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 Three of a Kind (Posted on 2003-11-19)
You have a standard pack of 52 playing cards. You then shuffle them and begin to draw out cards until you have three of a kind. What is the most likely number of cards drawn when this happens?

You then shuffle another pack of 52 playing cards into the pile. What happens to the expected number of cards now? (i.e. does it double / halve / stay the same?)

 No Solution Yet Submitted by Lewis Rating: 4.3333 (9 votes)

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 Analytic Solution:Computer aided for computations | Comment 34 of 39 |
At any given number, n, of cards having been drawn, the situation that the first triplet has been completed just at that step entails that, among the first n-1 cards drawn, there were exactly 2 of that denomination. Of the remaining 12 denominations there could have been zero through [(n-3)/2] pairs, where the square brackets indicate the floor function (greatest integer not exceeding the contents). Call the number of pairs p (excluding the previous pair of the denomination whose triplet was just completed).

The number of singlets (one of a kind) drawn then must be n-3-2p. The total of pairs and singlets must be less than or equal to 12, so don't count terms which use larger values for these.

There are 13 choices for which of the denominations is represented by the newly formed triplet. But there are also 4 possible choices of which card is the triplet completion card, and C(3,2) ways of choosing the first 2 of the triplet.

For each of these, there are C(12,p) ways of choosing which denominations are present in pairs, and, since each pair can be any of C(4,2)=6 choices from the original deck, the C(12,p) is to be multiplied by 6^p.

For each of the choices so far, the s singlets can be each of the 4 from the original deck, so we multiply the product so far by 4^s. And there are C(12-p,s) of them, that factors in also.

The total of the [(n-3)/2] terms thus calculated must then be divided by the total combinations of 52 cards taken n at a time.

For two decks the 52 becomes 104. Also, in the above, there are 8 ways of choosing the triplet-completion card for a given denomination and C(7,2) ways of choosing the first 2 of the triplet, and C(4,2)=6 becomes C(8,2)=28, SO that 6^p becomes 28^p.

A program that calculates the above is:
DECLARE FUNCTION combi# (x#, y#)
DECLARE FUNCTION lxf# (x#)
DEFDBL A-Z
DIM SHARED twopi
DIM cum(28)
twopi = ATN(1) * 8
decks = 1
pairBase = combi(4 * decks, 2)
totCards = 52 * decks
PRINT
FOR n = 3 TO 28
tot = 0
FOR p = 0 TO INT((n - 3) / 2)
s = n - 3 - 2 * p
IF p + s <= 12 AND s >= 0 THEN
term = 13 * 4 * decks * combi(4 * decks - 1, 2) * combi(12, p) * pairBase ^ p * (4 * decks) ^ s * combi(12 - p, s)
tot = tot + term
END IF
NEXT
tot = tot / (combi(totCards - 1, n - 1) * totCards)
cumTot = cumTot + tot
cum(n) = cumTot
PRINT USING "## ####### #.####### #.#######"; n; tot * 1000000; tot; cumTot
NEXT

tot = 0
FOR i = 1 TO 27
IF cum(i) > .5 AND med = 0 THEN
med = i - 1 + (.5 - cum(i - 1)) / (cum(i) - cum(i - 1))
PRINT "Median is"; med
END IF
tot = tot + i * (cum(i) - cum(i - 1))
NEXT
PRINT "Mean is"; tot

FUNCTION combi (x, y)
lg = lxf(x) - lxf(y) - lxf(x - y)
combi = INT(EXP(lg) + .5)
END FUNCTION

FUNCTION lxf (x)
IF x < 171 THEN
fact = 1
IF x > 1 THEN
FOR i = 2 TO x
fact = fact * i
NEXT
END IF
lo = LOG(fact)
ELSE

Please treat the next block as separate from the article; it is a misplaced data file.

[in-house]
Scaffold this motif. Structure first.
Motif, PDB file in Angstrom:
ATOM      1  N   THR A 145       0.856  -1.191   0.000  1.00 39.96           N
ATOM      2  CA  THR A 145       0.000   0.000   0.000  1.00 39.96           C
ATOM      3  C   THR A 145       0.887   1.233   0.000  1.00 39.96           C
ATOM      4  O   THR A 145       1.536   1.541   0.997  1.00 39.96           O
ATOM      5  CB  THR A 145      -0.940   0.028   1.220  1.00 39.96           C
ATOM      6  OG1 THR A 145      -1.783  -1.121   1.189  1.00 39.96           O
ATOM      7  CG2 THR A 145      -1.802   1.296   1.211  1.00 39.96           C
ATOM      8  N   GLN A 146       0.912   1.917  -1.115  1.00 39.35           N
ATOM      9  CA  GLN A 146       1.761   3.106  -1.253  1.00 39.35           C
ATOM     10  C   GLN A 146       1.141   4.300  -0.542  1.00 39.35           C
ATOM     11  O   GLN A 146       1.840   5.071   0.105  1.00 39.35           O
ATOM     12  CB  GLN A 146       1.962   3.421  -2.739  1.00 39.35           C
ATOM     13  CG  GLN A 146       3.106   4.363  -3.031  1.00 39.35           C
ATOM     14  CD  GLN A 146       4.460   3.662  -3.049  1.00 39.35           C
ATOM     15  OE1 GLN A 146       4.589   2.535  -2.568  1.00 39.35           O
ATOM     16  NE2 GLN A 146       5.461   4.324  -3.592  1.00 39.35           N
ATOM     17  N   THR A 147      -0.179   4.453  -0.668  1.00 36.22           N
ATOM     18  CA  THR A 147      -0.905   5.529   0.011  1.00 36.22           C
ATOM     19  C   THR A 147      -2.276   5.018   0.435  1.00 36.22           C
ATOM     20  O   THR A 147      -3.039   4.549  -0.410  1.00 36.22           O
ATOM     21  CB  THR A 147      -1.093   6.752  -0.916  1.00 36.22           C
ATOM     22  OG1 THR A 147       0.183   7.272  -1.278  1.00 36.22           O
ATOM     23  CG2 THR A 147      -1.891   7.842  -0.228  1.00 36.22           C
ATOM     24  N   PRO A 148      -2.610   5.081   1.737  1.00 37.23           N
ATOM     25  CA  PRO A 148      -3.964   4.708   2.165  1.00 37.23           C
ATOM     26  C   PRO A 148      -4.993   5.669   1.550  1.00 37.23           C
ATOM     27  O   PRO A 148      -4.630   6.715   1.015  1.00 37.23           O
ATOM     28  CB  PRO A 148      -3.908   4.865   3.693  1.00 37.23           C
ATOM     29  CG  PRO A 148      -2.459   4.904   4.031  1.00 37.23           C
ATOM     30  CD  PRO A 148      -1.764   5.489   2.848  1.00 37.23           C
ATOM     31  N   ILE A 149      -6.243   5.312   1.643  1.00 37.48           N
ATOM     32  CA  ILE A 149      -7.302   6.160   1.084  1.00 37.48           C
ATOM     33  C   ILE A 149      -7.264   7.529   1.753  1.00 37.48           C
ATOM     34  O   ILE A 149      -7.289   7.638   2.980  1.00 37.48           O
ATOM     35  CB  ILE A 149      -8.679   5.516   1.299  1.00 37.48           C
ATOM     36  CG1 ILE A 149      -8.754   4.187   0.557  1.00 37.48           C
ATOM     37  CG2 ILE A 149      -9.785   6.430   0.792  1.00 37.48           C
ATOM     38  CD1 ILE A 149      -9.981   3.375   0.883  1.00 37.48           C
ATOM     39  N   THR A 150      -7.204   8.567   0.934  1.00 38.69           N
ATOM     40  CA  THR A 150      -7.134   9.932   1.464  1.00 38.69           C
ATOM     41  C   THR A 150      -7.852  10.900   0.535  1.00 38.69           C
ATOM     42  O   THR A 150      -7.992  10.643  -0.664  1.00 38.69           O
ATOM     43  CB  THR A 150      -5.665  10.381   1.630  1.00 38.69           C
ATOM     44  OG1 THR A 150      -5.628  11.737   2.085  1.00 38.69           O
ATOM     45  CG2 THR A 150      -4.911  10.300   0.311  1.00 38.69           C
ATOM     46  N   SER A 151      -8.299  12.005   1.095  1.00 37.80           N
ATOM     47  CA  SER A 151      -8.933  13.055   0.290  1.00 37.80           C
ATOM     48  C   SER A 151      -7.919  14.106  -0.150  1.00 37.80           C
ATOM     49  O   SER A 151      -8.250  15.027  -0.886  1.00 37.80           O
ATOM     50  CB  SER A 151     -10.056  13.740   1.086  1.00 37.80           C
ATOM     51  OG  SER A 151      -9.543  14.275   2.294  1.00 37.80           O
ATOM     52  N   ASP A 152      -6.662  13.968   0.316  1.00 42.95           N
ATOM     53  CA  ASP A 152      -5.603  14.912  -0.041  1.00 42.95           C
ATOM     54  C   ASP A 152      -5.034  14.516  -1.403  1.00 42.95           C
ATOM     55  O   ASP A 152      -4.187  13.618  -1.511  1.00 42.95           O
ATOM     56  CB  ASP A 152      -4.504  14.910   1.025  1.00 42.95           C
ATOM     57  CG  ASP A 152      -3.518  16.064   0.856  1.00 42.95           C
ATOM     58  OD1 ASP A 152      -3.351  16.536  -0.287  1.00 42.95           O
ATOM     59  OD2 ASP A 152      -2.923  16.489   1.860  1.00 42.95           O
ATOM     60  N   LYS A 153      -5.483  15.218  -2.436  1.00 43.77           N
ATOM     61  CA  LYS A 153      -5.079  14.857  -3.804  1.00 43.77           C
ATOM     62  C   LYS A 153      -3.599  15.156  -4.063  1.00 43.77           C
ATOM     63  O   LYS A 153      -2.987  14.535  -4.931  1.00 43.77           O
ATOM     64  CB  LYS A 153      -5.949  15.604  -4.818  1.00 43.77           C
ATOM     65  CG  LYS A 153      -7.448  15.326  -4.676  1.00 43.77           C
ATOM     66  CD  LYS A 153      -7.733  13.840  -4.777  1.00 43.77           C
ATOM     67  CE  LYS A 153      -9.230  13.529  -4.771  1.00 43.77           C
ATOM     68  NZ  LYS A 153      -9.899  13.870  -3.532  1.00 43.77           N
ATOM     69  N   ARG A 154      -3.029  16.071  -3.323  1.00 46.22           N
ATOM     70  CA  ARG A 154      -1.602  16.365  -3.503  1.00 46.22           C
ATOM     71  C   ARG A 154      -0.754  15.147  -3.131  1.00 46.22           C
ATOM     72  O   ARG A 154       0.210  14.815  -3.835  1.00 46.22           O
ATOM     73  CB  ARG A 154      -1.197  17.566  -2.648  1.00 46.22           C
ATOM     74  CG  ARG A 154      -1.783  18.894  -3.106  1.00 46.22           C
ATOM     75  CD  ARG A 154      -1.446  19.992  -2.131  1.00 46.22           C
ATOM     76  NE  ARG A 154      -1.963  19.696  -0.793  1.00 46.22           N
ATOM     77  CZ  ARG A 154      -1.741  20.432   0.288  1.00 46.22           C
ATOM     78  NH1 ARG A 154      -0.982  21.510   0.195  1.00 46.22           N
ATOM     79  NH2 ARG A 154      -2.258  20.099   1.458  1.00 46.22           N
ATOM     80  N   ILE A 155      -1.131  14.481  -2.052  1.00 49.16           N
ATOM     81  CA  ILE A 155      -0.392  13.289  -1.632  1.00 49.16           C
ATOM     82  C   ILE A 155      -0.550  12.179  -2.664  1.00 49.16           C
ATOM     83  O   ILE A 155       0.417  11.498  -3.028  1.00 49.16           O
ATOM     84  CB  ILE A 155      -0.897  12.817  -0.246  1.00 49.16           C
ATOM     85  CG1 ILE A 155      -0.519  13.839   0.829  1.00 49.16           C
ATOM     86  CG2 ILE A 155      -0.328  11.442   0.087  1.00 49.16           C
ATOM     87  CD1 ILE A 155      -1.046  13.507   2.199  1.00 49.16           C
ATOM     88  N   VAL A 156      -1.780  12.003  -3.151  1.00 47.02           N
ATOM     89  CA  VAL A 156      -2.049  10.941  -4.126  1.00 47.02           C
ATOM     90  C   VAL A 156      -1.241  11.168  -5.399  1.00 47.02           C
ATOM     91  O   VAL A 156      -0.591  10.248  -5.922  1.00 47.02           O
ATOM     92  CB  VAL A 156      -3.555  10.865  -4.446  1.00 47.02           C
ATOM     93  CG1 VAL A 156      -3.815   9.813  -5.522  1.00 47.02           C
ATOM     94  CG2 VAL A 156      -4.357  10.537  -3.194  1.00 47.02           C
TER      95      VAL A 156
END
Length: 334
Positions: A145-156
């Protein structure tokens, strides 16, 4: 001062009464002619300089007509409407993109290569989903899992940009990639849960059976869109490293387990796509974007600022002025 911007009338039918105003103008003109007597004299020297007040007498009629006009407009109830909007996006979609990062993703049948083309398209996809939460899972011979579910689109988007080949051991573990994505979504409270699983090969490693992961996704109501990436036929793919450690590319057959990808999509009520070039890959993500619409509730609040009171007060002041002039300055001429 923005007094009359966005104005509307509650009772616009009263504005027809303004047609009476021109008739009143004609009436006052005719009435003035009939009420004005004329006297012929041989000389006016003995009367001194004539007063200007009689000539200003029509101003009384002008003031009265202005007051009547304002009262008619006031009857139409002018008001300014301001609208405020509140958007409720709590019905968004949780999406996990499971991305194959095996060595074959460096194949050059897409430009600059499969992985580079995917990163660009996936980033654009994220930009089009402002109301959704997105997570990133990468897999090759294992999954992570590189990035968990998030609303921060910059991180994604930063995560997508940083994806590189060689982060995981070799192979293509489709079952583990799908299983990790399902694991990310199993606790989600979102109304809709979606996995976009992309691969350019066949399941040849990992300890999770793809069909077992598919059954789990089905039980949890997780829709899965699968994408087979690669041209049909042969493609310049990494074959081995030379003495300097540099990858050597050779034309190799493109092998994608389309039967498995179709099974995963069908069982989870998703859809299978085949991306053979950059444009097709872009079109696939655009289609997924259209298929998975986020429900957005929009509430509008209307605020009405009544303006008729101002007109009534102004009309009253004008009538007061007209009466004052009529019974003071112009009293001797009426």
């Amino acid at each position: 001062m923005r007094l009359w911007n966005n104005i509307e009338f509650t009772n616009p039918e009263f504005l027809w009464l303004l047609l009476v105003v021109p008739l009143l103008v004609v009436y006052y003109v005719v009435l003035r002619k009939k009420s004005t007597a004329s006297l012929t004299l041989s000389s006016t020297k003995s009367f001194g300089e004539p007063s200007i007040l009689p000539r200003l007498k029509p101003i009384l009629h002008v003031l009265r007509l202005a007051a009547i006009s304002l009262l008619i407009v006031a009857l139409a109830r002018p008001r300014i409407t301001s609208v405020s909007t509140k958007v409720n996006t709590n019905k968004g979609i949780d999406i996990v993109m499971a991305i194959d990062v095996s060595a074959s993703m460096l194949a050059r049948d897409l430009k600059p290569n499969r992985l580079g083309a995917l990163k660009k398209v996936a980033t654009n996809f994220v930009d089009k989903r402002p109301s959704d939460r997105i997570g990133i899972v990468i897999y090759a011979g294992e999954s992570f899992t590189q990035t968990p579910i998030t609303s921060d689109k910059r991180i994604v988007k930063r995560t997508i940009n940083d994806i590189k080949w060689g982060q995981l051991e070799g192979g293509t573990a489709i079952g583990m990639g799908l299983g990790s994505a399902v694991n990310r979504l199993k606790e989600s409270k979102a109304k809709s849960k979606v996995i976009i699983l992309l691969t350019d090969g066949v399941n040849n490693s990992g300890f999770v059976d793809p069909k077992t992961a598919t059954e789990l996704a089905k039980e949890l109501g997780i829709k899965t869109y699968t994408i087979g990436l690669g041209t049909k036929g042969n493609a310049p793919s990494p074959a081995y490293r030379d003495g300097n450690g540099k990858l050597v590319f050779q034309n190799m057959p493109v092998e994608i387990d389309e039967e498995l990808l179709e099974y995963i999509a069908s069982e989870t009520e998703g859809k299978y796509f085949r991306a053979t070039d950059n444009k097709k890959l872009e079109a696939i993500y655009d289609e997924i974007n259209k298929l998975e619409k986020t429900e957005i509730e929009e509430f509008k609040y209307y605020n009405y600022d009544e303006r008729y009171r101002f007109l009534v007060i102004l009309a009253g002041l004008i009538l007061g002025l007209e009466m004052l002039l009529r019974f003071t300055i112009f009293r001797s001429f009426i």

lo = LOG(x) * (x + .5)
lo = lo + (-x + 1 / (12 * x) - 1 / (360 * x * x * x) + 1 / (1260 * x * x * x * x * x))
lo = lo + LOG(twopi) / 2
END IF
lxf = lo
END FUNCTION

It produces
```
3    2353 0.0023529 0.0023529

4    6915 0.0069148 0.0092677

5   13541 0.0135414 0.0228091

6   22028 0.0220275 0.0448367

7   32059 0.0320592 0.0768958

8   43179 0.0431794 0.1200752

9   54772 0.0547716 0.1748468

10   66065 0.0660651 0.2409119

11   76172 0.0761724 0.3170843

12   84160 0.0841603 0.4012447

13   89155 0.0891549 0.4903995

14   90472 0.0904717 0.5808713

15   87752 0.0877525 0.6686237

16   81077 0.0810771 0.7497008

17   71020 0.0710195 0.8207203

18   58613 0.0586129 0.8793333

19   45210 0.0452103 0.9245436

20   32252 0.0322518 0.9567953

21   20987 0.0209866 0.9777819

22   12227 0.0122267 0.9900086

23    6213 0.0062133 0.9962220

24    2650 0.0026498 0.9988717

25     891 0.0008912 0.9997630

26     211 0.0002107 0.9999737

27      26 0.0000263 1.0000000

28       0 0.0000000 1.0000000

Median is 13.10611589574091

Mean is 13.55606605519886

```

-------
Where the second column shows the probability of that run length multiplied by 1,000,000 to facilitate comparison to the previous simulation results; the third column shows the probability as calculated; the fourth shows the cumulative probability, which does reach 1 at the number of draws equal to 27.

If the decks variable is changed to 2 and the program run, it produces:
```
3    3998 0.0039977 0.0039977

4   11399 0.0113994 0.0153971

5   21659 0.0216589 0.0370561

6   34114 0.0341138 0.0711699

7   47909 0.0479086 0.1190785

8   61979 0.0619789 0.1810574

9   75096 0.0750961 0.2561534

10   85972 0.0859715 0.3421249

11   93411 0.0934109 0.4355359

12   96498 0.0964977 0.5320336

13   94770 0.0947703 0.6268038

14   88347 0.0883470 0.7151509

15   77958 0.0779581 0.7931090

16   64854 0.0648540 0.8579630

17   50596 0.0505958 0.9085587

18   36765 0.0367655 0.9453242

19   24670 0.0246696 0.9699939

20   15118 0.0151177 0.9851115

21    8340 0.0083402 0.9934517

22    4064 0.0040637 0.9975154

23    1703 0.0017029 0.9992182

24     590 0.0005902 0.9998085

25     159 0.0001590 0.9999675

26      30 0.0000297 0.9999971

27       3 0.0000029 1.0000000

28       0 0.0000000 1.0000000

Median is 11.66803791319374

Mean is 12.21442208680124

```

--------
These numbers, including the medians and the means, compare well with the simulation results.

 Posted by Charlie on 2003-11-21 15:58:44

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